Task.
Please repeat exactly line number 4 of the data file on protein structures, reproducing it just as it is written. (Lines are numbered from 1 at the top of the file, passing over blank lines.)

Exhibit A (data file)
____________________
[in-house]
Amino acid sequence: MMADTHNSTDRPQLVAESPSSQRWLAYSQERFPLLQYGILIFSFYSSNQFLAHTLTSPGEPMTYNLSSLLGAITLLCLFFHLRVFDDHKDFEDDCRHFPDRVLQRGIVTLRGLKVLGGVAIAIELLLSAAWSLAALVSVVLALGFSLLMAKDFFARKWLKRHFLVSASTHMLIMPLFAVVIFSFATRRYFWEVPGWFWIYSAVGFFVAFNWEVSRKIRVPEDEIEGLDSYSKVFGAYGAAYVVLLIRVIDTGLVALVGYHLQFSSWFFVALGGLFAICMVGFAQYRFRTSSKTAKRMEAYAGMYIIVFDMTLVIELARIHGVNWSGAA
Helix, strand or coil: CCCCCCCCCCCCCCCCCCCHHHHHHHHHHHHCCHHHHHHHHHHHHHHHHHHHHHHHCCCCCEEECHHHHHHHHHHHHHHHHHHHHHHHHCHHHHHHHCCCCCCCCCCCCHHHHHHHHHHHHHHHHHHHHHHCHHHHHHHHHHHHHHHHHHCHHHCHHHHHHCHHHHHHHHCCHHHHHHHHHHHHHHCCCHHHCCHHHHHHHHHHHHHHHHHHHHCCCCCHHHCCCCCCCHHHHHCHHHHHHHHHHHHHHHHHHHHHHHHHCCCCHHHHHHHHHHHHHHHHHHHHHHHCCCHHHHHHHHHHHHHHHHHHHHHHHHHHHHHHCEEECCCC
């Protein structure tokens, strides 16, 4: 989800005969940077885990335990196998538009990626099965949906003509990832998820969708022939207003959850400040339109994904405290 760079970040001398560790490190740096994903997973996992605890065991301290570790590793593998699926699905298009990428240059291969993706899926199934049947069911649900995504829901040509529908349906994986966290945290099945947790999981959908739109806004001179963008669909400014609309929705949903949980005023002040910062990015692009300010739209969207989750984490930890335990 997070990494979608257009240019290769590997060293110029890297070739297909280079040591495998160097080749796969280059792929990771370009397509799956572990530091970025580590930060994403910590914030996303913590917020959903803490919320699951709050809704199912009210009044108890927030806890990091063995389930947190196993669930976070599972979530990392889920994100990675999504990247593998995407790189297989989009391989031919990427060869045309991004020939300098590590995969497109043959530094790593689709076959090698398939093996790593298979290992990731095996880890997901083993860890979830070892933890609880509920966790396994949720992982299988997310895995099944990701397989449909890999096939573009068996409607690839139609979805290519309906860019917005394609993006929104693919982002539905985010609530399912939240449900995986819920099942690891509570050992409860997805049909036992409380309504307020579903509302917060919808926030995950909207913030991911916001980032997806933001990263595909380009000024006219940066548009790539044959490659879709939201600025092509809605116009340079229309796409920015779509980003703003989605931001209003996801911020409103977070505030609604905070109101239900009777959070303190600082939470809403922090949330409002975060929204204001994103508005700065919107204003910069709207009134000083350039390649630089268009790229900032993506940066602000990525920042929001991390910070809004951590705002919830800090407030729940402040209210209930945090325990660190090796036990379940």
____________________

């Protein structure tokens, strides 16, 4: 989800005969940077885990335990196998538009990626099965949906003509990832998820969708022939207003959850400040339109994904405290 760079970040001398560790490190740096994903997973996992605890065991301290570790590793593998699926699905298009990428240059291969993706899926199934049947069911649900995504829901040509529908349906994986966290945290099945947790999981959908739109806004001179963008669909400014609309929705949903949980005023002040910062990015692009300010739209969207989750984490930890335990 997070990494979608257009240019290769590997060293110029890297070739297909280079040591495998160097080749796969280059792929990771370009397509799956572990530091970025580590930060994403910590914030996303913590917020959903803490919320699951709050809704199912009210009044108890927030806890990091063995389930947190196993669930976070599972979530990392889920994100990675999504990247593998995407790189297989989009391989031919990427060869045309991004020939300098590590995969497109043959530094790593689709076959090698398939093996790593298979290992990731095996880890997901083993860890979830070892933890609880509920966790396994949720992982299988997310895995099944990701397989449909890999096939573009068996409607690839139609979805290519309906860019917005394609993006929104693919982002539905985010609530399912939240449900995986819920099942690891509570050992409860997805049909036992409380309504307020579903509302917060919808926030995950909207913030991911916001980032997806933001990263595909380009000024006219940066548009790539044959490659879709939201600025092509809605116009340079229309796409920015779509980003703003989605931001209003996801911020409103977070505030609604905070109101239900009777959070303190600082939470809403922090949330409002975060929204204001994103508005700065919107204003910069709207009134000083350039390649630089268009790229900032993506940066602000990525920042929001991390910070809004951590705002919830800090407030729940402040209210209930945090325990660190090796036990379940």